The Hydrogen Electric Racing Federation has announced its specifications for the cars that will be competing in the first Hydrogen 500 race in 2009. The two main criteria are that the cars use a hydrogen fuel cell to power an electric motor, (which then turns the wheels of the car) and compressed hydrogen gas at 10,000 psi must be used for fuel.
The hydrogen racecars will generate at least 400 hp and the projected lap speed at the Indianapolis 500 racetrack is upwards of 185 mph.
Critics may argue that the race showcases hydrogen fuel cell and gaseous hydrogen technology while neglecting other technologies. For instance, currently, the world’s fastest hydrogen racecar, the BMW HR2 will not be able to compete for two reasons.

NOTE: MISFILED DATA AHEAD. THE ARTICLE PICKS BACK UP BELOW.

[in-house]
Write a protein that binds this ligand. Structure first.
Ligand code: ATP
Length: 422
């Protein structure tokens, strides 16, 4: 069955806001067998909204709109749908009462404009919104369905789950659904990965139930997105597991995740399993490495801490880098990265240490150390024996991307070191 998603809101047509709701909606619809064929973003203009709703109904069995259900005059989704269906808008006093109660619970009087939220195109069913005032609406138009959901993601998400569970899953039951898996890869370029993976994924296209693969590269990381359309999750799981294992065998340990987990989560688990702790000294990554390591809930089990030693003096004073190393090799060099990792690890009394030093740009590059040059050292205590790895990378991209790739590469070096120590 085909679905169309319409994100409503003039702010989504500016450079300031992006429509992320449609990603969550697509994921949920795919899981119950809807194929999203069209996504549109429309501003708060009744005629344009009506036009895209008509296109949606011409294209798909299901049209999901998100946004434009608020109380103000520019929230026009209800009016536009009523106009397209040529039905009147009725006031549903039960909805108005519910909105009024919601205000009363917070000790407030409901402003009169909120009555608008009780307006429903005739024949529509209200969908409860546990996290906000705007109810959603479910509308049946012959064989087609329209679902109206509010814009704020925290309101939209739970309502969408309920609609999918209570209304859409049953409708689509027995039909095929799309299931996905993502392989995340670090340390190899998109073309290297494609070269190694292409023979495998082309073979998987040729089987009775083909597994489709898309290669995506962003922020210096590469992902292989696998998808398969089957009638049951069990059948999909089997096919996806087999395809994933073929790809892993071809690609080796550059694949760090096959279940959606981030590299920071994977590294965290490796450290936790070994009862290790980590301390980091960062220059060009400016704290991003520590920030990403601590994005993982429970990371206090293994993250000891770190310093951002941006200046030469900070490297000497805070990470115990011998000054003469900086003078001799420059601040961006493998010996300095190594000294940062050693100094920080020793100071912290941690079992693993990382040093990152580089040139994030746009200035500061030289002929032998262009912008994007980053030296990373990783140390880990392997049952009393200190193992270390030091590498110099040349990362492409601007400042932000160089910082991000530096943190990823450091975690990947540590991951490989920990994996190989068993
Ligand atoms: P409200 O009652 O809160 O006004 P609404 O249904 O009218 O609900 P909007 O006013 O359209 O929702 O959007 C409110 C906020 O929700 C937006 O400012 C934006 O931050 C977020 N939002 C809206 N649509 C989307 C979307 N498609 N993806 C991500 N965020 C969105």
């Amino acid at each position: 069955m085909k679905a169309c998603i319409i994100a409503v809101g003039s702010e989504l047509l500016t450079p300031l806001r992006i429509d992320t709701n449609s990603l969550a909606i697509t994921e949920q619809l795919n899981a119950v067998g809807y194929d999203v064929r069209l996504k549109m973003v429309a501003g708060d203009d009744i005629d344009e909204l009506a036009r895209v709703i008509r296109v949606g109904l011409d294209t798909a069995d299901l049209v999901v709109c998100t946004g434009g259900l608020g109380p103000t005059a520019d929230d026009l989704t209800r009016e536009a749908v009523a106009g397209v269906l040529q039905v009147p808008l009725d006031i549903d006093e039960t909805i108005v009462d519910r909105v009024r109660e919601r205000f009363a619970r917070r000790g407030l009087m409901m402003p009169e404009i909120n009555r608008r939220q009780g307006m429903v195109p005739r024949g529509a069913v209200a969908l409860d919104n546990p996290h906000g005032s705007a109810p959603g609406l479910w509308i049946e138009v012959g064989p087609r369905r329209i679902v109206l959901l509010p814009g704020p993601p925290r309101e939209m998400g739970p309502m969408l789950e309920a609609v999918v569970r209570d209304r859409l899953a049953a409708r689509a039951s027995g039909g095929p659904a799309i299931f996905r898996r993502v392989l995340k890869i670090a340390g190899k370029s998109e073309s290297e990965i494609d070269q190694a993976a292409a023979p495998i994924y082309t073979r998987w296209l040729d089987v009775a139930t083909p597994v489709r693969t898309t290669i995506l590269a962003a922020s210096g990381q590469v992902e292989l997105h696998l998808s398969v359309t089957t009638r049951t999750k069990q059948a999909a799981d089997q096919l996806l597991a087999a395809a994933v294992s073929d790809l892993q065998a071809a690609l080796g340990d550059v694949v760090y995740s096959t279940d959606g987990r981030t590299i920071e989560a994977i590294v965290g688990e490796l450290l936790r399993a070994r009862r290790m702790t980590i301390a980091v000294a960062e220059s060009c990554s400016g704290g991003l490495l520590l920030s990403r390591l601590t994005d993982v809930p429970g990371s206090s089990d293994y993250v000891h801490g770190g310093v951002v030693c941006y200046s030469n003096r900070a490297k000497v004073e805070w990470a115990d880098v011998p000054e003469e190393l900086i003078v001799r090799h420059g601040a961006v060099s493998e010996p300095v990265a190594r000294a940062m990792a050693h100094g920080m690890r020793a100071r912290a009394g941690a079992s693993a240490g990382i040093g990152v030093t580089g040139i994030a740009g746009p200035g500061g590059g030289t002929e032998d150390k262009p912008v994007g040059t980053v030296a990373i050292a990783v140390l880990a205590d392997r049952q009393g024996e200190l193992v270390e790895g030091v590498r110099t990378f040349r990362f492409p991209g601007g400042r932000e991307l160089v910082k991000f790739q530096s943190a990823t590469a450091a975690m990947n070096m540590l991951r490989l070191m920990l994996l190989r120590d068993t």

First, the car runs off liquid hydrogen. Second, the HR2 uses an internal combustion engine to power the vehicle and not a fuel cell. Other hydrogen technology that will be excluded from the race include cars that run on hydrogen-on-demand technology (since they don’t use gaseous hydrogen) and cars that use clean-burning, zero emissions hydrogen peroxide to fuel the car.
The Hydrogen 500 will be a chance to spotlight hydrogen fuel cell cars, however, and will serve to put this kind of vehicle before the public’s eye and help garner public acceptance of this new technology. Perhaps as a side event to the main event, the Hydrogen 500 will also show off some of these other types of hydrogen technologies as well. This would serve to let the public know that more options are being worked on for a future transportation system based upon hydrogen and the field right now is wide open.